• Andrew Comiskey

Treasure

‘Mary treasured up all these things and pondered them in her heart’ (Lk. 2:19, 51).


Aging agitates me. Docility flows not peaceably from unexpected aches of body and soul: costly medical procedures unthinkable a decade ago, fretting over regrettable decisions, weaknesses (lack of virtual acumen and business sense) that worsen, and daily reminders to not expect of the creature what he cannot give.


Can I like Mary ‘treasure up all these things’ and somehow spin gold from straw? As physicality fades, can a child’s wonder increase? Can this ragged heart grow more tender, less taut, as ’21 becomes ’22, and so on?


Mary helps me. To become like her, I must welcome her gift. That gift, more than anything else, is the Church. I write this at 6am, prepping for Mass in my local parish. I race here daily on a wing and a prayer, charging up dark streets at twice the speed limit for a place of holy peace (having robbed my fellow motorists of theirs!) For Word. For Bread of Life Himself.


The silence of the sanctuary, everlasting arms that surround me there, the help she gives from heaven to be still and know that her Son reigns, reminds me that the Church IS Marian. The original Christ-bearer, Mother of God, she is the exemplar of this place—a holy expansive womb, feminine space set apart for the nourishment of sinners seeking sainthood.


As the Jesus-bearer, Mary is our first Church; she still figures in big to what the Church can be now. ‘At once virgin and mother, Mary is the symbol and the most perfect realization of the Church…by receiving the Word of God in faith, the Church becomes herself a mother…she brings forth sons, authored by the Holy Spirit and born of God, to a new and immortal life. She herself is a virgin, who keeps in its entirety and purity the faith she pledged to her spouse’ (CCC#507).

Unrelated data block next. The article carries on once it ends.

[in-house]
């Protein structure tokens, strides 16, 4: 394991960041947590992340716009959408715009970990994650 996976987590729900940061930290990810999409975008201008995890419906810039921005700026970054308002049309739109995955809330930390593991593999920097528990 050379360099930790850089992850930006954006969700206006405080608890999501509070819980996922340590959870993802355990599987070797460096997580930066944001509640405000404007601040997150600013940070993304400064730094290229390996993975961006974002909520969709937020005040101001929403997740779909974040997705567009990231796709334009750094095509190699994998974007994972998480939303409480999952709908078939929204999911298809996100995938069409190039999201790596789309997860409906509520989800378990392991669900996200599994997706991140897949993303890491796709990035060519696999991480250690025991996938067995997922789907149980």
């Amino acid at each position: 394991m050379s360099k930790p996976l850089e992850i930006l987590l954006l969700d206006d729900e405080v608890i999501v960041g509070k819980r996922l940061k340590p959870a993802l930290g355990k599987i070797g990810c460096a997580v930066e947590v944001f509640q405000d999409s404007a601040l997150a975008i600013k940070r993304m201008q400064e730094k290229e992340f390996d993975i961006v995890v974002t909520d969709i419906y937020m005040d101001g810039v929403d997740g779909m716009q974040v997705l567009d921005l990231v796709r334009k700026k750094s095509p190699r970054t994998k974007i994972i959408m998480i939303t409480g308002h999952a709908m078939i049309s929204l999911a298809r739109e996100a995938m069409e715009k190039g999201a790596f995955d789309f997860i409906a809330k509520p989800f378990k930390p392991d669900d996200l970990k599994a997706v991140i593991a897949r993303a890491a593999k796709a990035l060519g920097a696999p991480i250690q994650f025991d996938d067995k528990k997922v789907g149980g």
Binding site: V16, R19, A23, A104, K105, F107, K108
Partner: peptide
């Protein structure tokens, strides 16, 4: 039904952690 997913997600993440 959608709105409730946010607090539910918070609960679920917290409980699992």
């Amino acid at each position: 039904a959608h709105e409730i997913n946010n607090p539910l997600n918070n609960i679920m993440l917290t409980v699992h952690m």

To receive this Word like seed in the deep heart so that it flourishes, to make good my pledge in sun and shower—for this I need Church and her living symbol of Mary. To paraphrase Henri De Lubac: How can I honor Father without Mother?


Ok, ok you say: ‘I’m not Catholic, I see things differently.’ But I invite you to weigh the import of this feminine witness and symbolic catalyst for our gathering in Jesus’ name. I invite you to consider your need in the clamor of life—noisy divides out there, fragile former divides within--for a safe often silent place where you can meet your Bridegroom. Perhaps we need help from His friends, especially His Mom. They live in heaven, not to compete with Him but to pray that we allow nothing to get in the way of Him! For this we need an uncluttered Church.


Increasingly, I need the spacious grace of the sanctuary to distill that treasure from the dross of life. Mary’s witness is the template and the gentle workplace where this most likely occurs for me.


Maybe that’s why the Catholic Church starts each year with the Feast of Mary, Mother of God. It is more than a nod to the decision of the Council of Ephesus in 431 A.D. to ascribe that title to her, in contrast to Nestorius who claimed that Mary mothered only the man Jesus. In splitting Jesus in two parts (God and man) and Mary from the divine Son, Nestorius mocked the Incarnation.


But this feast means more than doctrine. It is an invitation to a treasured womb designed to enfold us quietly where the Word can deepen in us. ‘That is why the Church needs the Marian mystery. That is why she is a Marian mystery. There can be fruitfulness in the Church, only when she has this character, when she becomes holy soil for the Word.’ (Joseph Ratzinger)

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